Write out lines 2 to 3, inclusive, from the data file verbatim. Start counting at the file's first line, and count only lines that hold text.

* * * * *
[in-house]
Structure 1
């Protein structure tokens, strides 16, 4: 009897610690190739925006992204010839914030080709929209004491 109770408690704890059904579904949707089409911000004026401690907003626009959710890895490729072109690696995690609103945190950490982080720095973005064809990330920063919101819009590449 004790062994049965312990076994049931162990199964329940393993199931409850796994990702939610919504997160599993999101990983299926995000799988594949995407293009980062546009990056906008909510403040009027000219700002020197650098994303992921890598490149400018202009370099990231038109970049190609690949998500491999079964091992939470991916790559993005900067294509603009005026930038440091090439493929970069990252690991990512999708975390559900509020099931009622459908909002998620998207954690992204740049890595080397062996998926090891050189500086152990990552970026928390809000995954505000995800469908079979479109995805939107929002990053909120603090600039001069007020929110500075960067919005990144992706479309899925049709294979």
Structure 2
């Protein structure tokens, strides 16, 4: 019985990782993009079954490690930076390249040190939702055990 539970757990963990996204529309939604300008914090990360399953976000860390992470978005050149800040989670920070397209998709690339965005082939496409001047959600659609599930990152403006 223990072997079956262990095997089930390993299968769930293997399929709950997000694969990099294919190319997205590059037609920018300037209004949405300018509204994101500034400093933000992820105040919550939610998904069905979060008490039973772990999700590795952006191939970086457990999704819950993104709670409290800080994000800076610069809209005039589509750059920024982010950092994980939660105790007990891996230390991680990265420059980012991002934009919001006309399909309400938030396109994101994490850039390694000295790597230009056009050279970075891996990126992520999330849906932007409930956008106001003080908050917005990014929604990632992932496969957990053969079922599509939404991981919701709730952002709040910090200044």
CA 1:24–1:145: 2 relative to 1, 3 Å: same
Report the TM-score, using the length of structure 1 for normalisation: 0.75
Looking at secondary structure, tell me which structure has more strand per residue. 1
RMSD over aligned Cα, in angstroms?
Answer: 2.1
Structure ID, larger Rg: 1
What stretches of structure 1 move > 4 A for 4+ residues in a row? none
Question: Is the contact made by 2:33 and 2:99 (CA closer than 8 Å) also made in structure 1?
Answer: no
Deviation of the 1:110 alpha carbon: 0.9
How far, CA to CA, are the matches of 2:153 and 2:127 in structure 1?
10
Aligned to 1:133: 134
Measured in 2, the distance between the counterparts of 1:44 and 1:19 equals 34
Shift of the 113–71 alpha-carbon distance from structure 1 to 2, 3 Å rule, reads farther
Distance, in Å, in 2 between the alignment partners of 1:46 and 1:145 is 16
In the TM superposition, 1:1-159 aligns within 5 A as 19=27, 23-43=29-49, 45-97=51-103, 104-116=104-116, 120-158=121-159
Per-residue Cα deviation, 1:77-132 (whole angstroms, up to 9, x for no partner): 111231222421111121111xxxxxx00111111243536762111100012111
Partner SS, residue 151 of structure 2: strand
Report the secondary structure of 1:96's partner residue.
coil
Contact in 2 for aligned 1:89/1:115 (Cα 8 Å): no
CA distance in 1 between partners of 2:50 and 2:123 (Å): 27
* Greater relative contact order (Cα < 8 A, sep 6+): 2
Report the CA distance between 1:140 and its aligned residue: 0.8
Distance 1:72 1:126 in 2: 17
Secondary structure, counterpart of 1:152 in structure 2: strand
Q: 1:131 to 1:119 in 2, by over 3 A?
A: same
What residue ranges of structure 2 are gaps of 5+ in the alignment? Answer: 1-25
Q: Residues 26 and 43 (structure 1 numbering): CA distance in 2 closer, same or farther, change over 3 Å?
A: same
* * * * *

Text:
Structure 1
């Protein structure tokens, strides 16, 4: 009897610690190739925006992204010839914030080709929209004491 109770408690704890059904579904949707089409911000004026401690907003626009959710890895490729072109690696995690609103945190950490982080720095973005064809990330920063919101819009590449 004790062994049965312990076994049931162990199964329940393993199931409850796994990702939610919504997160599993999101990983299926995000799988594949995407293009980062546009990056906008909510403040009027000219700002020197650098994303992921890598490149400018202009370099990231038109970049190609690949998500491999079964091992939470991916790559993005900067294509603009005026930038440091090439493929970069990252690991990512999708975390559900509020099931009622459908909002998620998207954690992204740049890595080397062996998926090891050189500086152990990552970026928390809000995954505000995800469908079979479109995805939107929002990053909120603090600039001069007020929110500075960067919005990144992706479309899925049709294979």